Summer Learning keeps moving forward, and the librarians at San Jose Public are moving forward too! We've got another list to help inspire your reading and learning this Summer. If you haven't already, you should sign up for Summer Learning to log your reading and win prizes. We will also be releasing a weekly blog with a new booklist that we hope will pique your interest. This week we'll explore tales from different Summer vacations.
Since our 100 degree days started in May this year a lot of us are looking for a reprieve. Those lucky enough to have AC will seek refuge inside, but for those among us that don't I encourage you to find a place to chill out - perhaps in the shade of your favorite tree, or under an umbrella on a blanket in the grass - however you can, stake out a piece of cool and pick up one of these books.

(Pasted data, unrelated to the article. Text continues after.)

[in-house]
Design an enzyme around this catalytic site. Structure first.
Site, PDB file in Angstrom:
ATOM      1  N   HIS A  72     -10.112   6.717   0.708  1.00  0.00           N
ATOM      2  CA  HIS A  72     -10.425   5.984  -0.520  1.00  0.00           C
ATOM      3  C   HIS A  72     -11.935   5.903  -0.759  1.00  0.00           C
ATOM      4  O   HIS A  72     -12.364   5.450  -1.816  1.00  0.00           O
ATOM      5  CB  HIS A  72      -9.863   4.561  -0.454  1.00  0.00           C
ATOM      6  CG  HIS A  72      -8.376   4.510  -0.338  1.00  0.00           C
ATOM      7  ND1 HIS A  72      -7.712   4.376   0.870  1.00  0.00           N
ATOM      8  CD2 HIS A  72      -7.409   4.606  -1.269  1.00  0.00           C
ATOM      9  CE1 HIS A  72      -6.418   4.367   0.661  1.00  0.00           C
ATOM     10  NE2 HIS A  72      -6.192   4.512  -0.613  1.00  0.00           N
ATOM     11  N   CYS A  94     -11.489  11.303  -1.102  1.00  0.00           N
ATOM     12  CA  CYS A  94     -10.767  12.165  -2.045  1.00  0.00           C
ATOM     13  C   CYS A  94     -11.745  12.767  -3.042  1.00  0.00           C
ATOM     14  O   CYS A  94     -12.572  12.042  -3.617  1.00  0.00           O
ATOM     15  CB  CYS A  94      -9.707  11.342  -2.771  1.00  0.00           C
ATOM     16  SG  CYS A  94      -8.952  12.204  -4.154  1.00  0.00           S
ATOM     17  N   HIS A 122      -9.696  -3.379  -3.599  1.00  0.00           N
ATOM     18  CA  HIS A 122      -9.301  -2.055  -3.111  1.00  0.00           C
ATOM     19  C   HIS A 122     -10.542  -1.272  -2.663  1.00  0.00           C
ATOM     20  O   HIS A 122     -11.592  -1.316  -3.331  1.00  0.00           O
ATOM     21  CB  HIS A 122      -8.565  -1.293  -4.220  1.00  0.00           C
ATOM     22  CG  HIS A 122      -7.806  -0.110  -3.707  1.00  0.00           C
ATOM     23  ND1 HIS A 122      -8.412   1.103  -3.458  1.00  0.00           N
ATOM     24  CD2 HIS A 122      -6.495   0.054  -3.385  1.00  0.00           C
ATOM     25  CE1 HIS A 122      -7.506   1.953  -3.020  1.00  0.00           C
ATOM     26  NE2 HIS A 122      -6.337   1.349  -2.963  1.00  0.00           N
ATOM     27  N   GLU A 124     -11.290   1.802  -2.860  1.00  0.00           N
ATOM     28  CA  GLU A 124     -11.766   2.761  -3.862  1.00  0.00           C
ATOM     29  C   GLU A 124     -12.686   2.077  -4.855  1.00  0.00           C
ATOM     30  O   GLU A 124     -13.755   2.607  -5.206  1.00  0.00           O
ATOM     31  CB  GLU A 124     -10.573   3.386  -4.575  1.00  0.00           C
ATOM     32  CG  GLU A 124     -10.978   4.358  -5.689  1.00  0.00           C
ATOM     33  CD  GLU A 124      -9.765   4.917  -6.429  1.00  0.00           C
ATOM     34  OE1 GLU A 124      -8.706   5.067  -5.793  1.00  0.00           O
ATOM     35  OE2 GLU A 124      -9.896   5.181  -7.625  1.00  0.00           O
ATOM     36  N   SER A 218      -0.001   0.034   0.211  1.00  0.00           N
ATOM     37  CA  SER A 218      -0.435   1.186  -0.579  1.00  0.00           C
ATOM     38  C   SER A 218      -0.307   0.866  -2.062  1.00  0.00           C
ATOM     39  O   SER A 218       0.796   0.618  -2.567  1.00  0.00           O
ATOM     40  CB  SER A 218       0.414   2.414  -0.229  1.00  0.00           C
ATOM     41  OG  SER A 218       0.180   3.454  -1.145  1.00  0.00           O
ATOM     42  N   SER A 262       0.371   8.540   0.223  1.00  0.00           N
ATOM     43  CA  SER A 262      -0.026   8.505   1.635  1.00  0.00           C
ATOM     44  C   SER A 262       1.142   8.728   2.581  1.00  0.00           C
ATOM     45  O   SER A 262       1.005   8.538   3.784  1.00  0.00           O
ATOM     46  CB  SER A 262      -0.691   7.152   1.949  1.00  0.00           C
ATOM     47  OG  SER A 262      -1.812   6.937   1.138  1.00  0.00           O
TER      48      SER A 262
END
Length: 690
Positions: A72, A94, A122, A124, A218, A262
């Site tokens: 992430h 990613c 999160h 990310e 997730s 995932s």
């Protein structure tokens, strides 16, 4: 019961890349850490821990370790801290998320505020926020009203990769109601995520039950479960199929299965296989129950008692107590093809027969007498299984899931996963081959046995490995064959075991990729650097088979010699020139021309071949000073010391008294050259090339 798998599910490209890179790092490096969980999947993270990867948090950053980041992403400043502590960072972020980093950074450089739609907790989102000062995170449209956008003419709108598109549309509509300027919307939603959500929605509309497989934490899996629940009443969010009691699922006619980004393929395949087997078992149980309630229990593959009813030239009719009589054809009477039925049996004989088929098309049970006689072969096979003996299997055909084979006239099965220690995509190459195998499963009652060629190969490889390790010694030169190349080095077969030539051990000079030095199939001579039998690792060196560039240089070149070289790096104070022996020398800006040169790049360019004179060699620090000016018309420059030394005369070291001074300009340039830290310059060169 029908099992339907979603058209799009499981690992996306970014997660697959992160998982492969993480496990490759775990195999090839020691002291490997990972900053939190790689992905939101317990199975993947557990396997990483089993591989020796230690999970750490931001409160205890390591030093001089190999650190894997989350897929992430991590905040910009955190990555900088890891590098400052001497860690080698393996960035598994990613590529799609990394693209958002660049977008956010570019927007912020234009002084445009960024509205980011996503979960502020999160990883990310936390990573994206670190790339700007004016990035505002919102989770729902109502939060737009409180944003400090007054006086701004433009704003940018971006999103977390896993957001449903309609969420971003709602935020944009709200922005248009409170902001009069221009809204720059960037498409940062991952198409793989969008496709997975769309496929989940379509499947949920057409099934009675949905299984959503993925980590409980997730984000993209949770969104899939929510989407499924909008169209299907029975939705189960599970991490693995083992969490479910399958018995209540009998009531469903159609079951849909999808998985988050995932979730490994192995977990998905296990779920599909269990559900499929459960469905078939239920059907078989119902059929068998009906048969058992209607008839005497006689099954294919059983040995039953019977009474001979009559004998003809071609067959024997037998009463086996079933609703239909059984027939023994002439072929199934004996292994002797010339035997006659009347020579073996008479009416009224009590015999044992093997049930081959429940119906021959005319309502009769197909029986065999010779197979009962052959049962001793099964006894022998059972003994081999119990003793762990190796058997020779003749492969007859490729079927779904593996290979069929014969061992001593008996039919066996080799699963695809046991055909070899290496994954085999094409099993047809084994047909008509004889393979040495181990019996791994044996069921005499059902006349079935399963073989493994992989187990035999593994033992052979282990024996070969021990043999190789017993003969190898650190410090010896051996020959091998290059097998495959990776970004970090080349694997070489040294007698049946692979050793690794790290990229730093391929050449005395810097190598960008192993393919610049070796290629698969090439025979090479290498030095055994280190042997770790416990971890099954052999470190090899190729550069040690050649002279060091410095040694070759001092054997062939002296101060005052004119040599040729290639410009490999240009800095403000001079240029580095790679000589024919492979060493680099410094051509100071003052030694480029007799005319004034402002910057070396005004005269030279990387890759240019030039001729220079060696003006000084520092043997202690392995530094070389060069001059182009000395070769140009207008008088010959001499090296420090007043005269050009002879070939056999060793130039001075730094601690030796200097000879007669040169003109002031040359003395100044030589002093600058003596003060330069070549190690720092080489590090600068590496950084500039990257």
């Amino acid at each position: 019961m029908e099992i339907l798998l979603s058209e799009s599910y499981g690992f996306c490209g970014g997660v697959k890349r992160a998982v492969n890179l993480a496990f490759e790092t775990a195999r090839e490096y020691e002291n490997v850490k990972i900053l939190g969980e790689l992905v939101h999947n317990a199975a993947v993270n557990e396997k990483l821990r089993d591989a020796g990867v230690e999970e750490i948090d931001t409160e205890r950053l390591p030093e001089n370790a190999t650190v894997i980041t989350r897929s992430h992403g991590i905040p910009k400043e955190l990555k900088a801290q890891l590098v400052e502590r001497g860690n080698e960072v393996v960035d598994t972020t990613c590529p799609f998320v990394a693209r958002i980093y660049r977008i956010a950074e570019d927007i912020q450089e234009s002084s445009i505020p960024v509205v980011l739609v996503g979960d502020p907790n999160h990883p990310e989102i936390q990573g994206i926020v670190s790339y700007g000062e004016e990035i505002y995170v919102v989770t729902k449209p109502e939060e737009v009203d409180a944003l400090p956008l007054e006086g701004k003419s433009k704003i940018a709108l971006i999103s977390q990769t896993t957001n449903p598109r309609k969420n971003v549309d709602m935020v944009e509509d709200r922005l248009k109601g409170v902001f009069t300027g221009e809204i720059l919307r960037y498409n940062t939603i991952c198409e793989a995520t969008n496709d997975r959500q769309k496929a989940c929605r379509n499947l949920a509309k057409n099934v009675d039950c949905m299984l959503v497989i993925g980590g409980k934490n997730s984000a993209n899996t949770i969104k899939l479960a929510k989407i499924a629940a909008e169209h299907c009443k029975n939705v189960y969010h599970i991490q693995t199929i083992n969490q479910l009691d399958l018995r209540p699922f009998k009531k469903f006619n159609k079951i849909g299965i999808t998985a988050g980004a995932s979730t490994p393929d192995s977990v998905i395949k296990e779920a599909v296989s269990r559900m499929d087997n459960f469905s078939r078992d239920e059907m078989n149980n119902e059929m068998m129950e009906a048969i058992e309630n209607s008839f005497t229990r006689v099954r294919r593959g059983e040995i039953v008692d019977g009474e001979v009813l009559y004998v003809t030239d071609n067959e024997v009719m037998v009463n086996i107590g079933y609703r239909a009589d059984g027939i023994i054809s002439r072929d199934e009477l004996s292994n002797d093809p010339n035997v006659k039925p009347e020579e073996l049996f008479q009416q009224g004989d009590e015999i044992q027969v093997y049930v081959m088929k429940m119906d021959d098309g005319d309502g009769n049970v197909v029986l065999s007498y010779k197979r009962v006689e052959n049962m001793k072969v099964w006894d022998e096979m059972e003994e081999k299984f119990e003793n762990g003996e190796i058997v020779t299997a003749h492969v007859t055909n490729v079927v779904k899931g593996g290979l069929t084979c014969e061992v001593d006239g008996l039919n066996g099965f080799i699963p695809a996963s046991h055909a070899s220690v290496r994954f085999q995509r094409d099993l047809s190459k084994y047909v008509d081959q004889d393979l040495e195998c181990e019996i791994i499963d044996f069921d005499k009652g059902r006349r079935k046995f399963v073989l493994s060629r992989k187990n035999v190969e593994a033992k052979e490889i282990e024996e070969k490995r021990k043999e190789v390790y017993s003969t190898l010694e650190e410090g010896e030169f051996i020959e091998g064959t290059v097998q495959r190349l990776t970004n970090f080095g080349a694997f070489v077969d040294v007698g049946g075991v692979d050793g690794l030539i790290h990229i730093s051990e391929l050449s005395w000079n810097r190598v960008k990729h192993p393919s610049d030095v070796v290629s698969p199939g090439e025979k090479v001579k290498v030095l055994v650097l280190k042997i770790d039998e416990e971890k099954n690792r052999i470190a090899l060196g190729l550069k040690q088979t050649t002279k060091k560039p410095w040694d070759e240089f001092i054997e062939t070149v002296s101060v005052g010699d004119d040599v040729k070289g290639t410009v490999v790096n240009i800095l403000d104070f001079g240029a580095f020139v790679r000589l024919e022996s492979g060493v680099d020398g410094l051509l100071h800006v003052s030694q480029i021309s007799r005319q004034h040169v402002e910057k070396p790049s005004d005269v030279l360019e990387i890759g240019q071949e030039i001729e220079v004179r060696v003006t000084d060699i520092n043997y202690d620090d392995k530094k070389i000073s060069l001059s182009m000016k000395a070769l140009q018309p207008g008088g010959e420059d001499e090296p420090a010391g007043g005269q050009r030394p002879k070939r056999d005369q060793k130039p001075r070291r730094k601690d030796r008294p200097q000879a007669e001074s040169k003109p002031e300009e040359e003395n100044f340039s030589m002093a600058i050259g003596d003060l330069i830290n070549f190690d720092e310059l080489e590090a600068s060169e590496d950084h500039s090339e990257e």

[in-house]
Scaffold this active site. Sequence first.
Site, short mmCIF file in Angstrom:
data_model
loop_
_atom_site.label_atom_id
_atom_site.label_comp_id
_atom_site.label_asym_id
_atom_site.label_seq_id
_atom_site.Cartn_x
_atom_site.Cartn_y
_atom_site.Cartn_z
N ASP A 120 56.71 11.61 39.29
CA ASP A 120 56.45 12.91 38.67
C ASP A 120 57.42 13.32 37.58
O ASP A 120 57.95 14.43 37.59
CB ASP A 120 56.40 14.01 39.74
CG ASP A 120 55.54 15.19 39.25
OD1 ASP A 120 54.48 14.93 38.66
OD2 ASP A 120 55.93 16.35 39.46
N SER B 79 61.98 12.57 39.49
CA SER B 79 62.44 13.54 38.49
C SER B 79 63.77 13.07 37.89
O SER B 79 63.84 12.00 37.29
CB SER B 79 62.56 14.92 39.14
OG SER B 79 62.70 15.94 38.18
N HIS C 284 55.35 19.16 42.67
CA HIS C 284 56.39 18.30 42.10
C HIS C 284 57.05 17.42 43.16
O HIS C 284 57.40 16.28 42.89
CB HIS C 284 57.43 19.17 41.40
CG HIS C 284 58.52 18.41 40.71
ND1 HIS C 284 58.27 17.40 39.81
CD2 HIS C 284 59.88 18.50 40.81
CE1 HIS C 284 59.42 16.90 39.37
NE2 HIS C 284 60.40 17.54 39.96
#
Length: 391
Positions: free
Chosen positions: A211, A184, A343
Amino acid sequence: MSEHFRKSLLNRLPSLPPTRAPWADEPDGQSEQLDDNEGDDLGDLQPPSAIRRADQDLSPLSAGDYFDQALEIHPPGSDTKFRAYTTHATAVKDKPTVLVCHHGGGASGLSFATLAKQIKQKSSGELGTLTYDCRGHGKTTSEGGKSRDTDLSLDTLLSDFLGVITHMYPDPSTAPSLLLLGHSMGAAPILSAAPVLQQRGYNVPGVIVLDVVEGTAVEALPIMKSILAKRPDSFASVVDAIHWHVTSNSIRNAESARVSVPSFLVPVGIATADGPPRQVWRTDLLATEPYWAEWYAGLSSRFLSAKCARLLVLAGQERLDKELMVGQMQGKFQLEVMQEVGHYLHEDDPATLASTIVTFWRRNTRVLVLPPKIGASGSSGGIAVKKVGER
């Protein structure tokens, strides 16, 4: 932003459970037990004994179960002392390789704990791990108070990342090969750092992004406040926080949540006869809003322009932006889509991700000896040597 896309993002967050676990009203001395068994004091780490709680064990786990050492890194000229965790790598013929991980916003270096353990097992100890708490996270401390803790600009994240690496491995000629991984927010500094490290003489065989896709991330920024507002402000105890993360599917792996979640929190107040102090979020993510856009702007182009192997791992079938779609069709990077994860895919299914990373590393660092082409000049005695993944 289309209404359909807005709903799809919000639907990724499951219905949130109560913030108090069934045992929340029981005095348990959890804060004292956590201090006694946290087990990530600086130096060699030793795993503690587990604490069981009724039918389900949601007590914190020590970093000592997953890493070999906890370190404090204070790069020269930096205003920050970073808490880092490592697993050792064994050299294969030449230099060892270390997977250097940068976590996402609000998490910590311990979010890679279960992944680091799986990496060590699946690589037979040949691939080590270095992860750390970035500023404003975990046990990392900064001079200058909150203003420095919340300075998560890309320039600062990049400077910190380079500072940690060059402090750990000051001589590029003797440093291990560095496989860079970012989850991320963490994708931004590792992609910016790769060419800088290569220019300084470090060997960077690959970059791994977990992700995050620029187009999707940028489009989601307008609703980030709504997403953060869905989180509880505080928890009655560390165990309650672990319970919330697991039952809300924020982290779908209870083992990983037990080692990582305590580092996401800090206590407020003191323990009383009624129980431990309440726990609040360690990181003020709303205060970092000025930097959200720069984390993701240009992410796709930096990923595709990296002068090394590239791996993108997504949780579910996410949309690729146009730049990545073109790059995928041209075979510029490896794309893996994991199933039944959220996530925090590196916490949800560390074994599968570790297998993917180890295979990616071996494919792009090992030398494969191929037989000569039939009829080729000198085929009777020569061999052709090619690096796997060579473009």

Our picks for pre-readers take us often to the beach. For many of us, especially those of us living far closer to the coast, a visit to the beach is a hallmark of Summer. Wave is an interesting pick as it a textless book - the story is told entirely in pictures. How to best enjoy a wordless book? A wordless book still has a lot of possibility to engage the imagination and to learn. Take a peak inside the book and go through once just looking at the pictures and asking questions. Or alternatively, make up the story and tell it aloud on the spot. For this particular book, you'll enjoy peaceful artwork and likely some longing for the sandy shores.
I really love the book Saffron Ice Cream as a beach day pick, as it illustrates cultural differences between beach days internationally as well as encouraging empathy to the experience of an immigrant through the point of view of a child. The book also shows the beginnings of new friendships, and expresses the idea that difference and change has a lot of possibility for positive outcomes.
As Readers age up and expand their reading interests, so do the types of stories in their literature. While the Beach Day is still present in these picks, there are more options for Readers to experience a different kind of summer through books. While there are so many more titles that could have been selected, these five books offer adventure, humor, reflection, and history.